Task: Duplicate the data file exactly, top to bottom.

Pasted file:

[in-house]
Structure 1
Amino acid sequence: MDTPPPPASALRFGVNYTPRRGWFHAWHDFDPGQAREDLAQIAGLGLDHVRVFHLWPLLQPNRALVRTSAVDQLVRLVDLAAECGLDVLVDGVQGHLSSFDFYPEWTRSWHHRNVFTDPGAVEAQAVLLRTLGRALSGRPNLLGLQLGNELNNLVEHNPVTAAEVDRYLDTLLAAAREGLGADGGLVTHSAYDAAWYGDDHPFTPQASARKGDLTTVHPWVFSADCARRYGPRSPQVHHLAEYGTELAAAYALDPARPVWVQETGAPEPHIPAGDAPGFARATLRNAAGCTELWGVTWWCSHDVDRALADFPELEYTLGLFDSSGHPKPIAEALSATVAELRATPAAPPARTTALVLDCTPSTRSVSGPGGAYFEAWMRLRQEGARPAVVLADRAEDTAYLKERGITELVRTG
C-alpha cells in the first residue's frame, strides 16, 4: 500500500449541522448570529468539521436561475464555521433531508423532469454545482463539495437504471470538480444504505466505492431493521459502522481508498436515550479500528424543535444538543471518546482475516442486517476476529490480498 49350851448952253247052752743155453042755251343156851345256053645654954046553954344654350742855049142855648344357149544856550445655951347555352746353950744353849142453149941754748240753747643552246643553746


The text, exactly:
[in-house]
Structure 1
Amino acid sequence: MDTPPPPASALRFGVNYTPRRGWFHAWHDFDPGQAREDLAQIAGLGLDHVRVFHLWPLLQPNRALVRTSAVDQLVRLVDLAAECGLDVLVDGVQGHLSSFDFYPEWTRSWHHRNVFTDPGAVEAQAVLLRTLGRALSGRPNLLGLQLGNELNNLVEHNPVTAAEVDRYLDTLLAAAREGLGADGGLVTHSAYDAAWYGDDHPFTPQASARKGDLTTVHPWVFSADCARRYGPRSPQVHHLAEYGTELAAAYALDPARPVWVQETGAPEPHIPAGDAPGFARATLRNAAGCTELWGVTWWCSHDVDRALADFPELEYTLGLFDSSGHPKPIAEALSATVAELRATPAAPPARTTALVLDCTPSTRSVSGPGGAYFEAWMRLRQEGARPAVVLADRAEDTAYLKERGITELVRTG
C-alpha cells in the first residue's frame, strides 16, 4: 500500500449541522448570529468539521436561475464555521433531508423532469454545482463539495437504471470538480444504505466505492431493521459502522481508498436515550479500528424543535444538543471518546482475516442486517476476529490480498 49350851448952253247052752743155453042755251343156851345256053645654954046553954344654350742855049142855648344357149544856550445655951347555352746353950744353849142453149941754748240753747643552246643553746